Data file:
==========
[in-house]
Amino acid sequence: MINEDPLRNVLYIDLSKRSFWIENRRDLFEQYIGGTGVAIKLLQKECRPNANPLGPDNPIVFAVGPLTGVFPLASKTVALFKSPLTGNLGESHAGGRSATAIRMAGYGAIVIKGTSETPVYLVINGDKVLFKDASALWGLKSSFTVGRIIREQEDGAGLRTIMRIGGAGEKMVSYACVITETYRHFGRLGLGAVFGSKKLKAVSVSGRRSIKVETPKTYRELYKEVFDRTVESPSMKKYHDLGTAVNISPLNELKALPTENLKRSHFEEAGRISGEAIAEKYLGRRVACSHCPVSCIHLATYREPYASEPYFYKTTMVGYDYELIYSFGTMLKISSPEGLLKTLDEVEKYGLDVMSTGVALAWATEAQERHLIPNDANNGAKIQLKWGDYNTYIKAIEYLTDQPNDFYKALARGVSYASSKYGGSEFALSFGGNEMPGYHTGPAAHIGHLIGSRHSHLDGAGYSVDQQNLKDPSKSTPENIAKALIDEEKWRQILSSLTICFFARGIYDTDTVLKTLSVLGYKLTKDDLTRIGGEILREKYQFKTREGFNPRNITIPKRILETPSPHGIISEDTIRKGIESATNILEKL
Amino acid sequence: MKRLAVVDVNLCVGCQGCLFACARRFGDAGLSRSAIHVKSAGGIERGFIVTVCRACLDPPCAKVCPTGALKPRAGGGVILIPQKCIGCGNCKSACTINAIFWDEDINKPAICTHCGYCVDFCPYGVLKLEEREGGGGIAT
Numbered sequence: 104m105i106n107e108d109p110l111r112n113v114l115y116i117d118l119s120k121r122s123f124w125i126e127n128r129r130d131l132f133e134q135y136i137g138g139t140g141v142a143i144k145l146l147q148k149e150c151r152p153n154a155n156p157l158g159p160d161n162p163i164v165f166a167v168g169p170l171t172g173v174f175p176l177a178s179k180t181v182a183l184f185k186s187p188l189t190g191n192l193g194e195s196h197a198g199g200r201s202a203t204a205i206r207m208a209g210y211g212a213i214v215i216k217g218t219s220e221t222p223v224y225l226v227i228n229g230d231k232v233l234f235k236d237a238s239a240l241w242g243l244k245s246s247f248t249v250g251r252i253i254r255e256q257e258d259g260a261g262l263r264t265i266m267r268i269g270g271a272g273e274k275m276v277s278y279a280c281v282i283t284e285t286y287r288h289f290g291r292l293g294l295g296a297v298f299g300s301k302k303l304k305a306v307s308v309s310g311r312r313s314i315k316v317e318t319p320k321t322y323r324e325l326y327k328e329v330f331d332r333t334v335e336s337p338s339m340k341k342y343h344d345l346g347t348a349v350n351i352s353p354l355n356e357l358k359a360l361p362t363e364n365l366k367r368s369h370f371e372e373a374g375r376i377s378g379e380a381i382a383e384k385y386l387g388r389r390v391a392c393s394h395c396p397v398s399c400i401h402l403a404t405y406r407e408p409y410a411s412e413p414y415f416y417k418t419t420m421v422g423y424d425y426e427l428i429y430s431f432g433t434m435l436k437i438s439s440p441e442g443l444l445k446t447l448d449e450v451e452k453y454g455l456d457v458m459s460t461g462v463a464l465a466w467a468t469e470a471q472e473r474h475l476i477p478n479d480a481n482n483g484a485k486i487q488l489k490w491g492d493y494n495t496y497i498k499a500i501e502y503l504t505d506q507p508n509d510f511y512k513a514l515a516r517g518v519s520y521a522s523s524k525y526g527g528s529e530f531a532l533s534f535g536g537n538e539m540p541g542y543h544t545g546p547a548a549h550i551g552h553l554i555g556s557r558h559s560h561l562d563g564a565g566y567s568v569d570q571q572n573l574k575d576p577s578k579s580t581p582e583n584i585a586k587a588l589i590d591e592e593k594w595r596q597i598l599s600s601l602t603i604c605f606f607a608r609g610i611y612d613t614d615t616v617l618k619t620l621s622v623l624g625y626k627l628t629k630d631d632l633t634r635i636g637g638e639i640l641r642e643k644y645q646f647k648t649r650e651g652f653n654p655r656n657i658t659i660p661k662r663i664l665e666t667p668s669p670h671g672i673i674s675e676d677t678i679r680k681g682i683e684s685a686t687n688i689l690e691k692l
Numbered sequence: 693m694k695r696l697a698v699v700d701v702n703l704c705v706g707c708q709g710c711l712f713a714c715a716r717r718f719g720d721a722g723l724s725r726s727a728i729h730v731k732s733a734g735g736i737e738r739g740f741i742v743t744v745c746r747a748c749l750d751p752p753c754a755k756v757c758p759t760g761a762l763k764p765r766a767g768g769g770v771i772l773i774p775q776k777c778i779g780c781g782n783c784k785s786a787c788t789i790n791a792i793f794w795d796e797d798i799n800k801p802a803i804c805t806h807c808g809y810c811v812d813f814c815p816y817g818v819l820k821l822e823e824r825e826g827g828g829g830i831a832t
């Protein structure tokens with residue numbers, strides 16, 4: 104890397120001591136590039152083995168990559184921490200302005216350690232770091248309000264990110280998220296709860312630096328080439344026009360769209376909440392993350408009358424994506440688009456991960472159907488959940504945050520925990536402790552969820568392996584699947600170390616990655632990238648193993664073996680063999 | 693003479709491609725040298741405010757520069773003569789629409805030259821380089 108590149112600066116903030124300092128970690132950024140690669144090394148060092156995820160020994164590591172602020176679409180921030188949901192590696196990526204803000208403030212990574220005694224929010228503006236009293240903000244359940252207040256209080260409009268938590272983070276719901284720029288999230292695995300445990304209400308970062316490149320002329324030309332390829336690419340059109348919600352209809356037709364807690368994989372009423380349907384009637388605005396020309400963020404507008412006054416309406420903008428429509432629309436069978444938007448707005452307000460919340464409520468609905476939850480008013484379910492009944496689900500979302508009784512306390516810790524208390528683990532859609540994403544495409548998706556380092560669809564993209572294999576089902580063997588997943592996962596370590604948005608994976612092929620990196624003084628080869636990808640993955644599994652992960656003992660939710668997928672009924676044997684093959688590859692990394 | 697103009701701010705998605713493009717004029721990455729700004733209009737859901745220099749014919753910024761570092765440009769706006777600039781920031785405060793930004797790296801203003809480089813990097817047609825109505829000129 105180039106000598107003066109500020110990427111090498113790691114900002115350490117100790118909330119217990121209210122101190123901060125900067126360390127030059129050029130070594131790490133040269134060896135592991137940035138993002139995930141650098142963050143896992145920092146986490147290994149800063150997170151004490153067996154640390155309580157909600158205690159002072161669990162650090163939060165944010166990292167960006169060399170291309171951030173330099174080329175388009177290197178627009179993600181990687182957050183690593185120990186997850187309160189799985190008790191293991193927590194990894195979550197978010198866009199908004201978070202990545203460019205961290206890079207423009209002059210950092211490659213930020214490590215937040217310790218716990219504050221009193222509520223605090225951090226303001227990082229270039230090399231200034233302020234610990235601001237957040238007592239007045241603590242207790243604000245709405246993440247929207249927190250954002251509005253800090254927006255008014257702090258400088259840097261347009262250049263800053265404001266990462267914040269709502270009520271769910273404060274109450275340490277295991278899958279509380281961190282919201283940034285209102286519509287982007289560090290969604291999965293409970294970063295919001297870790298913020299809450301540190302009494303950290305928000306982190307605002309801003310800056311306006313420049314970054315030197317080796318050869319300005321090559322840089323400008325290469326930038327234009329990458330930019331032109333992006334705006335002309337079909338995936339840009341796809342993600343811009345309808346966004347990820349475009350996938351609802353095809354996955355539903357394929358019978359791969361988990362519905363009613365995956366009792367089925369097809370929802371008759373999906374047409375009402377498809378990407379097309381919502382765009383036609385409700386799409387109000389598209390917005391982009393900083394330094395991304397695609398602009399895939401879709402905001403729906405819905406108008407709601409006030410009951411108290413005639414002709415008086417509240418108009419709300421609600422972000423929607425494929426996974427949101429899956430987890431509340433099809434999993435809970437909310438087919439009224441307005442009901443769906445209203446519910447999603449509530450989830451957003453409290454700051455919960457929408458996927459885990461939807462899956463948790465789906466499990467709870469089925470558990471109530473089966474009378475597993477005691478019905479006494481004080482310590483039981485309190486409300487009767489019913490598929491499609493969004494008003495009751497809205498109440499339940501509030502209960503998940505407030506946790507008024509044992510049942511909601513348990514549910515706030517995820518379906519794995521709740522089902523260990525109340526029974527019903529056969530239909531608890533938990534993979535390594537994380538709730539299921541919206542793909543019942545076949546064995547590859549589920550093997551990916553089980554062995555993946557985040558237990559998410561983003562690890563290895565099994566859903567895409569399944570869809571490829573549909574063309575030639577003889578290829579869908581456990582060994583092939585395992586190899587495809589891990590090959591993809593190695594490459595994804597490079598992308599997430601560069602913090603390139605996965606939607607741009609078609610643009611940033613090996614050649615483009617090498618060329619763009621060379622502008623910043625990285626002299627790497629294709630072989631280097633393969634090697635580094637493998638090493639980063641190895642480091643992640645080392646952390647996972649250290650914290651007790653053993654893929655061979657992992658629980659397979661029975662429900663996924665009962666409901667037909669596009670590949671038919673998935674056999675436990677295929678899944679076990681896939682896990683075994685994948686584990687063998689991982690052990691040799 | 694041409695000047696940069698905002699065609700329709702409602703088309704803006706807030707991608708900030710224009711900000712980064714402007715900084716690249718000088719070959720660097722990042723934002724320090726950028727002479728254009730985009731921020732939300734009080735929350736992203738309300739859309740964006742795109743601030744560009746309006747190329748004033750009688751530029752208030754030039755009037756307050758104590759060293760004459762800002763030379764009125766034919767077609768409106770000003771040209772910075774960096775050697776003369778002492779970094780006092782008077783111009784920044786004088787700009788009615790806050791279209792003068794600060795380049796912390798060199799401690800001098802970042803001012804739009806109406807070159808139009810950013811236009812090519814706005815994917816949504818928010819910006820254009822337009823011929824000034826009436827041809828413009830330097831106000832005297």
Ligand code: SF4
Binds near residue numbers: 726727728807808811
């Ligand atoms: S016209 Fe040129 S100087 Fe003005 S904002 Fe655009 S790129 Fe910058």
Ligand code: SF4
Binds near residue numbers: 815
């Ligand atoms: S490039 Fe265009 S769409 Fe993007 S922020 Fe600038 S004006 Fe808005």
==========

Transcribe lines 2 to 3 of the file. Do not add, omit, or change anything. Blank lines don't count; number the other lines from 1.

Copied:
Amino acid sequence: MINEDPLRNVLYIDLSKRSFWIENRRDLFEQYIGGTGVAIKLLQKECRPNANPLGPDNPIVFAVGPLTGVFPLASKTVALFKSPLTGNLGESHAGGRSATAIRMAGYGAIVIKGTSETPVYLVINGDKVLFKDASALWGLKSSFTVGRIIREQEDGAGLRTIMRIGGAGEKMVSYACVITETYRHFGRLGLGAVFGSKKLKAVSVSGRRSIKVETPKTYRELYKEVFDRTVESPSMKKYHDLGTAVNISPLNELKALPTENLKRSHFEEAGRISGEAIAEKYLGRRVACSHCPVSCIHLATYREPYASEPYFYKTTMVGYDYELIYSFGTMLKISSPEGLLKTLDEVEKYGLDVMSTGVALAWATEAQERHLIPNDANNGAKIQLKWGDYNTYIKAIEYLTDQPNDFYKALARGVSYASSKYGGSEFALSFGGNEMPGYHTGPAAHIGHLIGSRHSHLDGAGYSVDQQNLKDPSKSTPENIAKALIDEEKWRQILSSLTICFFARGIYDTDTVLKTLSVLGYKLTKDDLTRIGGEILREKYQFKTREGFNPRNITIPKRILETPSPHGIISEDTIRKGIESATNILEKL
Amino acid sequence: MKRLAVVDVNLCVGCQGCLFACARRFGDAGLSRSAIHVKSAGGIERGFIVTVCRACLDPPCAKVCPTGALKPRAGGGVILIPQKCIGCGNCKSACTINAIFWDEDINKPAICTHCGYCVDFCPYGVLKLEEREGGGGIAT